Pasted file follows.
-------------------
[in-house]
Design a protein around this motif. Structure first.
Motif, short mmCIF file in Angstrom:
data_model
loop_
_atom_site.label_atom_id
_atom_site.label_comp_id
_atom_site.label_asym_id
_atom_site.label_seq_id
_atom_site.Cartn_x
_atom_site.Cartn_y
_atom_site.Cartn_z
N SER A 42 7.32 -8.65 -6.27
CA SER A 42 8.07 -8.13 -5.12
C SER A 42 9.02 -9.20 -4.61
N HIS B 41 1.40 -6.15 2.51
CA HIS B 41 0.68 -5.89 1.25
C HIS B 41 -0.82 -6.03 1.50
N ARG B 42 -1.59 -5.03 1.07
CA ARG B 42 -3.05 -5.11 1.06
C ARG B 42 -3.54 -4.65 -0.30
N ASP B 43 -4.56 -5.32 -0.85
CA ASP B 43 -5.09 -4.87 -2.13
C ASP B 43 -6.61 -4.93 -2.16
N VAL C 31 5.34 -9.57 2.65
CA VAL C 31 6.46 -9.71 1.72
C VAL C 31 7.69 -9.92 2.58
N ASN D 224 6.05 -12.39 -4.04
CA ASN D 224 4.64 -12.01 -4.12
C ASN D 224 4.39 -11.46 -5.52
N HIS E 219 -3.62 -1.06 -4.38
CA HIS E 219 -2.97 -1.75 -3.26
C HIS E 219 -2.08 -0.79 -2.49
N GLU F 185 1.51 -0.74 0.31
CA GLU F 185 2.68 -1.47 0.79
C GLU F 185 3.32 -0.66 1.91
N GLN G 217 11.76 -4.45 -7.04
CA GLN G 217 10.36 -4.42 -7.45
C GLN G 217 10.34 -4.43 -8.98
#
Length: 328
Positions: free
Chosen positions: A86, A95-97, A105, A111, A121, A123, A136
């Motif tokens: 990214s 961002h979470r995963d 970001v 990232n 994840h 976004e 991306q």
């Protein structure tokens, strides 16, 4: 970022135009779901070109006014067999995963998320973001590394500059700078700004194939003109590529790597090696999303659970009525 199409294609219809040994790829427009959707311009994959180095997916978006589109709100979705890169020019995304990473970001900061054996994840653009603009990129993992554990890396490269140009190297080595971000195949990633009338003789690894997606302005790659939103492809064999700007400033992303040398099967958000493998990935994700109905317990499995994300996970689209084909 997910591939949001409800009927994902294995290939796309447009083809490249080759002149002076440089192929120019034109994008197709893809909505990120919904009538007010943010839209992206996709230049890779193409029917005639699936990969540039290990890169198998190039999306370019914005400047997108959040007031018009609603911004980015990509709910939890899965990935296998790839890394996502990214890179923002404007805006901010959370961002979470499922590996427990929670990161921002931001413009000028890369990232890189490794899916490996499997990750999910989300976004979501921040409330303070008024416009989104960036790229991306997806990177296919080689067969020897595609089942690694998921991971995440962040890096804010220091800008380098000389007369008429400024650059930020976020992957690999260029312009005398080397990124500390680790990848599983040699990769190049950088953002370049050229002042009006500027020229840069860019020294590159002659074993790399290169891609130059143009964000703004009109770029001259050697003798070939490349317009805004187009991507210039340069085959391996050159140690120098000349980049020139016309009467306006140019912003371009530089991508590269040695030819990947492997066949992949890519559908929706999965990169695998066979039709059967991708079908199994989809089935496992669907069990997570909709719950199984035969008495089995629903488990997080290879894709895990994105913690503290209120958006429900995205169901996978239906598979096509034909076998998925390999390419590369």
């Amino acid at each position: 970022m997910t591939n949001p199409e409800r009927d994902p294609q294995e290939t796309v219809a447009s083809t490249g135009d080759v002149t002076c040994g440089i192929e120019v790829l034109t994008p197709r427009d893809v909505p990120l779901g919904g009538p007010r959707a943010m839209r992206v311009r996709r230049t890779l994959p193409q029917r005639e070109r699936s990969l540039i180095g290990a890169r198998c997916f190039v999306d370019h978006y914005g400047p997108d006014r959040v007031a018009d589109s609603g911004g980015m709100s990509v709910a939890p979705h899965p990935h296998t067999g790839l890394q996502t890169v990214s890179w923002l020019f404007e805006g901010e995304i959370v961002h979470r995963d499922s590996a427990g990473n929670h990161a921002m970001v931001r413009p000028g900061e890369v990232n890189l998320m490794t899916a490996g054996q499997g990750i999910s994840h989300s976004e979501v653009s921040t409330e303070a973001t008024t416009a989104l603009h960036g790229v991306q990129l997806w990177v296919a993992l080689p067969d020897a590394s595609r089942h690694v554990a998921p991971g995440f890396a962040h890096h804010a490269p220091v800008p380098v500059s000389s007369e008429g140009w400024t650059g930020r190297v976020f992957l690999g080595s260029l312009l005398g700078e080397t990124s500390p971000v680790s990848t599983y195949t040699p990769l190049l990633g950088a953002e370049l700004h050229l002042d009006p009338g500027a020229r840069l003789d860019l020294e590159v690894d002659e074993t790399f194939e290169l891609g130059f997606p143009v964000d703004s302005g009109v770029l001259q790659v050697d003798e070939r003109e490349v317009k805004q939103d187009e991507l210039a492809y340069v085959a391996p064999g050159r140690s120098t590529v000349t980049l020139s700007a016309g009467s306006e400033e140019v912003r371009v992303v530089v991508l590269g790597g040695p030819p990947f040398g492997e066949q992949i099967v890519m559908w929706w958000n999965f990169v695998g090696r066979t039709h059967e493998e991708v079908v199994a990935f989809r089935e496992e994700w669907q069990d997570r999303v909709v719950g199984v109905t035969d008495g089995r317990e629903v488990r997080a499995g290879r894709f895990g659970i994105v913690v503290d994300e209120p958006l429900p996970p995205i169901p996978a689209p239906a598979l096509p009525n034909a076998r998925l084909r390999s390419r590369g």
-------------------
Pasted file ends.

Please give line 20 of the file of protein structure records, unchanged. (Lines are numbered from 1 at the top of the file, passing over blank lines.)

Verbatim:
CA ARG B 42 -3.05 -5.11 1.06